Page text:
At 45, I just bought my first “big girl knife” after spending a week with friends this summer by the beach. After repeatedly using the quality knife owned by one of my friends, I had a culinary awakening. I thought, “Ah…so THIS is why the contestants on Top Chef pack their knives – not their pots or special spices.” A quality, right-sized, sharp knife makes preparing meals so much easier and more pleasurable.

  10. lola says:

    A Korean chef taught me how to make perfect rice in any size pot without measuring… throw rice in your chosen pot, add water until it is one knuckle above the rice. (stick your index finger in the pot, the tip of your finger should just touch the rice surface and the water should hit your first joint) Add plenty of salt, bring to boil, reduce heat, simmer gently 20 minutes. Sushi anyone?

  11. Taryn says:

    My Dad and I are the early risers in the family, so we always cooked breakfast for the entire family (8 people) when he was home on weekends. The two things he taught me most about cooking was: One, let your love flavour your cooking (i.e. Mum loves roses, to cut roses for the table and little extras like that) and two, good music to cook to makes for a tasty meal.

  12. Dalia says:

    My mom taught me how to make a delicious meal from whatever you have in the fridge (or pantry) – why,make crepes, of course! Whenever I don’t have time or energy to go shopping or just want to clear out the fridge, I make a ton of crepes and stuff them with – you name it: apples, cheese, mushrooms, Nutella (kids’ favorite, of course), carrots, leftover ham, you get the point. A little bit of sauce and a little bit of imagination goes a long way! Thanks for the chance to win.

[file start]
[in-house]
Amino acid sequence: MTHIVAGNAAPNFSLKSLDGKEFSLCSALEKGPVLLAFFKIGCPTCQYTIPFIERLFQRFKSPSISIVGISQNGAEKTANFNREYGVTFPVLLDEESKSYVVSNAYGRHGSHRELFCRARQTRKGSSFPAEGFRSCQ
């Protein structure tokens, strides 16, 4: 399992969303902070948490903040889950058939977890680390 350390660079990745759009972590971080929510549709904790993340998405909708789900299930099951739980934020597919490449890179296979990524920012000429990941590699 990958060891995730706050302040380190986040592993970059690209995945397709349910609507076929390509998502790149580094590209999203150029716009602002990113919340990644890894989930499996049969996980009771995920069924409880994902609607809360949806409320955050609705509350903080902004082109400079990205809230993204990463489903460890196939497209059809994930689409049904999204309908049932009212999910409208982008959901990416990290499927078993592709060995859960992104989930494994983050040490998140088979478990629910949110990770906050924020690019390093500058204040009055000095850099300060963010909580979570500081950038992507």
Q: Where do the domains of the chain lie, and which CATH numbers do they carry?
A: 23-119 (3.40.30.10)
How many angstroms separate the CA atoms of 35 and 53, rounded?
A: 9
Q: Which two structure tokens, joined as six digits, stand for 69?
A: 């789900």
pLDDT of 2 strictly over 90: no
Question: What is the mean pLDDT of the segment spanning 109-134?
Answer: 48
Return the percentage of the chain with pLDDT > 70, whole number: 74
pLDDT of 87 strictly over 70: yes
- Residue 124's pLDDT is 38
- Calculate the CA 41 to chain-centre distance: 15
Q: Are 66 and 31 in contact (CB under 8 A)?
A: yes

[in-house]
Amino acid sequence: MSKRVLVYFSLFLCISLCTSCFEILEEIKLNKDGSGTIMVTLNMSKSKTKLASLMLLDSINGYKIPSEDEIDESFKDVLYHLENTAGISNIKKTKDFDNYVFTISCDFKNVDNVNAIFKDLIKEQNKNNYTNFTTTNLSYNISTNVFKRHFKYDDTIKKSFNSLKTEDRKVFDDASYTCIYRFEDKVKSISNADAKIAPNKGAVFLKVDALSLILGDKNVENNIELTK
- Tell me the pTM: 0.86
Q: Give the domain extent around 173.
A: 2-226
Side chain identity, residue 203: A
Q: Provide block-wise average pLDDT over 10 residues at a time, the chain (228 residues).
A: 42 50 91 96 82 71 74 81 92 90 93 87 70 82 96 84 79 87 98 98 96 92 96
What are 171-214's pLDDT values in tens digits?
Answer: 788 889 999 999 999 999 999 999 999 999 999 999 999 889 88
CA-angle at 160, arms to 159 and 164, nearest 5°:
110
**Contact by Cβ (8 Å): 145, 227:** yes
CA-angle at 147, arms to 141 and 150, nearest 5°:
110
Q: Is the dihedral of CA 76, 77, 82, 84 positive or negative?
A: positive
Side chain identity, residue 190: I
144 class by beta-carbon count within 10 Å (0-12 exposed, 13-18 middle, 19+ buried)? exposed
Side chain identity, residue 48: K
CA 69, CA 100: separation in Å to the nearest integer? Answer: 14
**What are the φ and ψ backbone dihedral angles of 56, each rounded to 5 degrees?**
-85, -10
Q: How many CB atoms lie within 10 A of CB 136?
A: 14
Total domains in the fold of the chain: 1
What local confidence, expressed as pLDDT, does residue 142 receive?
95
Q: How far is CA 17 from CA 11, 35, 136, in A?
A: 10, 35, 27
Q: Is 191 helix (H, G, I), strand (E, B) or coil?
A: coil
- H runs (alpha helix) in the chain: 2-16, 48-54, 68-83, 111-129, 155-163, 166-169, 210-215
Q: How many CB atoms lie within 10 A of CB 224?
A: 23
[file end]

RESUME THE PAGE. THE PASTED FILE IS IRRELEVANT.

13. Susie Demiglio says:

    My grandma taught me two secrets that aid in making brown gravy:1) save the potato water and use it instead of plain tap water, 2) use a fine metal strainer to strain out lumps. I was reminded of this recently while watching a cooking show, and the ‘expert’ strained her gravy. When grandma told me this I was about 11 and I was amazed. Her gravy was always perfect; rich, brown and flavorful. Who knew she strained? I thought it was some age-old technique that involved an ingredient or experience about when to add the flour and water.

  14. Linn says:

    This past summer we moved into a house with a bountiful fig tree in the backyard. Come September we had figs galore, but since I did not grow up eating them, I was in need of help. I scoured the internet, but the best source by far was my boyfriend’s Turkish mother, who fed us many tried and loved recipes through skype!

  15. Vicki says:

    Count me in!

    My brother-in-law taught me the trick of grinding just a little bit of fresh nutmeg over sauteed veges such as fresh zucchini. It kicks up the flavor and adds a little zing without tasting like nutmeg itself. I’ve been using it ever since.

  16. Joyce Wolfe says:

    We love pears! Our favorite salad is greens, sliced pears, dried cherries, sliced almonds,and a light vinagrette. Bring on the pears!

    Two of our friends are gluten-intolerant, so this cookbook will be a wonderful resource. If I’m not lucky in winning it, I’ll probably buy it! Thanks!

  17. Michelle says:

    My mother didn’t teach me anything about cooking; but by being such an uninspired cook, she inspired me to seek out ways to make cooking fun and interesting. I’m always ready to try new things in the kitchen.

  18. Jessica says:

    My mother taught me much of what I know about cooking – I just wish I had paid more attention while she was still here!

    Looking forward to the cookbook. If i don’t win I’ll probably have to get a copy anyway!

  19. Barbara Turner says:

    Our grandson just was married this past August and his new wife has to eat gulten free food, this would be a great gift for her.